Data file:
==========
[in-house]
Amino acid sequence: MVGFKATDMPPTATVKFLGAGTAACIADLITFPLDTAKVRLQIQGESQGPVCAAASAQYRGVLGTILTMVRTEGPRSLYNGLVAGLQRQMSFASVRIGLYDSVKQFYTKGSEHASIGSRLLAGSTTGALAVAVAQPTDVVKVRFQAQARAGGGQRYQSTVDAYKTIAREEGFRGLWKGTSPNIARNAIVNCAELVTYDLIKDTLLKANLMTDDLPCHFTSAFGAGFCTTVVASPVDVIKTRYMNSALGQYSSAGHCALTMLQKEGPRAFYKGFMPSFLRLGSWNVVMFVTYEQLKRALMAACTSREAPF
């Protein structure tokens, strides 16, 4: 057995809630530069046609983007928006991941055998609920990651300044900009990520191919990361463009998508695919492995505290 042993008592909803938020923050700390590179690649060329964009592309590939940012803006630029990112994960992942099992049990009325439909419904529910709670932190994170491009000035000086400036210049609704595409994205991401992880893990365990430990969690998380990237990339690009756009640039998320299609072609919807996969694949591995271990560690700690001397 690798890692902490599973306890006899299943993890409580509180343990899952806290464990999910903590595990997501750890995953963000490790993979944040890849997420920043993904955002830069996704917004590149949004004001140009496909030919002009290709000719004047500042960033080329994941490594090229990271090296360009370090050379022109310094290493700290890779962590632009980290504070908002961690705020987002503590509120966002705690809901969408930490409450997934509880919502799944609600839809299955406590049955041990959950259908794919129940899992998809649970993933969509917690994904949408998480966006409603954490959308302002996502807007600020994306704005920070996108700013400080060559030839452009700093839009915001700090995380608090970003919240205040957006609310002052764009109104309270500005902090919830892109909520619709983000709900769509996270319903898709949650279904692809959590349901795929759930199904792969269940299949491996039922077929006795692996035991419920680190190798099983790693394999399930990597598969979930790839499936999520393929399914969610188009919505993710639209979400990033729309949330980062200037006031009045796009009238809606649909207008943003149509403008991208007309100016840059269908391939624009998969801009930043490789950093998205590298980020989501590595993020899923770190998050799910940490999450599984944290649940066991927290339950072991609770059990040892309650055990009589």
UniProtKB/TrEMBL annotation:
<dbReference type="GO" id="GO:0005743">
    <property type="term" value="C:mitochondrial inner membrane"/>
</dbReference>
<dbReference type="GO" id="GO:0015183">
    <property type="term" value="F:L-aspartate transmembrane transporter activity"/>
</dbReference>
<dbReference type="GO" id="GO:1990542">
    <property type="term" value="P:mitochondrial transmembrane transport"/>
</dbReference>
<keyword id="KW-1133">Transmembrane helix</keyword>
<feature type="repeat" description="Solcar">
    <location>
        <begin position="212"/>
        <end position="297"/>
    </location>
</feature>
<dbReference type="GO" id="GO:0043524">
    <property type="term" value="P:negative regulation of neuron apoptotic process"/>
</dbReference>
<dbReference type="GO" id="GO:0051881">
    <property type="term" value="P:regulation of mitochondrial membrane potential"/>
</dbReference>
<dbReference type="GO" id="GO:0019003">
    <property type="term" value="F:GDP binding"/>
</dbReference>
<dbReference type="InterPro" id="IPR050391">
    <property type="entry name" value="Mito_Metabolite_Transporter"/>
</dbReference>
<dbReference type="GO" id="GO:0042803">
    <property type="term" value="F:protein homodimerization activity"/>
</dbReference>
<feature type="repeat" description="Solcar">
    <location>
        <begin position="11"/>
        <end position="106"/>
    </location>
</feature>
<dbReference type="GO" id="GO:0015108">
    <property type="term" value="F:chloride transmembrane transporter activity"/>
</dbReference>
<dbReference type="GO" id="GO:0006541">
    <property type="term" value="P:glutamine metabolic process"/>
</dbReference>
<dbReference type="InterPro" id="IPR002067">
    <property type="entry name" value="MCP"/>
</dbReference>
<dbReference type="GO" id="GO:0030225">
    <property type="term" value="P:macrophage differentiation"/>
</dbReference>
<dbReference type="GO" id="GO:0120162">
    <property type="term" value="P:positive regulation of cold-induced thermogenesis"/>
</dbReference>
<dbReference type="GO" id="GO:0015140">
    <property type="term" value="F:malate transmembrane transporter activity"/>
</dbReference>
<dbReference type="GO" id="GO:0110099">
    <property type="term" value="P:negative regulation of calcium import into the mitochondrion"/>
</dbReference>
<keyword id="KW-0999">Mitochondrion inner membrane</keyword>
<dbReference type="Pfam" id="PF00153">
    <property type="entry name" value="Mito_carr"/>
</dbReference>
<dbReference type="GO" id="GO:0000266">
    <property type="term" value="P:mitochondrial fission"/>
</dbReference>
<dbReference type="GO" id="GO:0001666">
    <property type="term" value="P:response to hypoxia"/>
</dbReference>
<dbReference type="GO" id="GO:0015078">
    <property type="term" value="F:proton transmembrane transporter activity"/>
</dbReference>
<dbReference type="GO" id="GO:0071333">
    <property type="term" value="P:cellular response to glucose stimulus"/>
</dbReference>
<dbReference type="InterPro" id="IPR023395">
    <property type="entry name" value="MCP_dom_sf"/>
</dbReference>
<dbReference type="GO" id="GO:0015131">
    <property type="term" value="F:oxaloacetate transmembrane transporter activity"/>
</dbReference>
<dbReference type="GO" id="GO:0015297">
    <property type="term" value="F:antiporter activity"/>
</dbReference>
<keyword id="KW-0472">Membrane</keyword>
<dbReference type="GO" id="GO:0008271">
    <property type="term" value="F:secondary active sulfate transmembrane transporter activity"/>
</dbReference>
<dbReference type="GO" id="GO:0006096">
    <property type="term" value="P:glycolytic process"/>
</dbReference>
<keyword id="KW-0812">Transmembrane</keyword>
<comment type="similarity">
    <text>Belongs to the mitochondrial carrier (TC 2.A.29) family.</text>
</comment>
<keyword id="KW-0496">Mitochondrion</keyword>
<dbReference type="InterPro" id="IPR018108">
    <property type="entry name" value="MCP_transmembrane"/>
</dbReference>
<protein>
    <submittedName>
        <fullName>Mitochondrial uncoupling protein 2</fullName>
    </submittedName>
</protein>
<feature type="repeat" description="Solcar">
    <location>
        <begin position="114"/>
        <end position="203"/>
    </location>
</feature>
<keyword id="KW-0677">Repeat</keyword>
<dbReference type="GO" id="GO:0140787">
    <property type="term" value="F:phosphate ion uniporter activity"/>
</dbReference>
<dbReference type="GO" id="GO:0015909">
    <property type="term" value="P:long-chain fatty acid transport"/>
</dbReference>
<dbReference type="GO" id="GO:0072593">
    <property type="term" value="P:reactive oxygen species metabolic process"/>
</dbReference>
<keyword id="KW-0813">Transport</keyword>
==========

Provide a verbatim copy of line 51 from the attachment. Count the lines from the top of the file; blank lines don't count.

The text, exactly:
<dbReference type="GO" id="GO:0030225">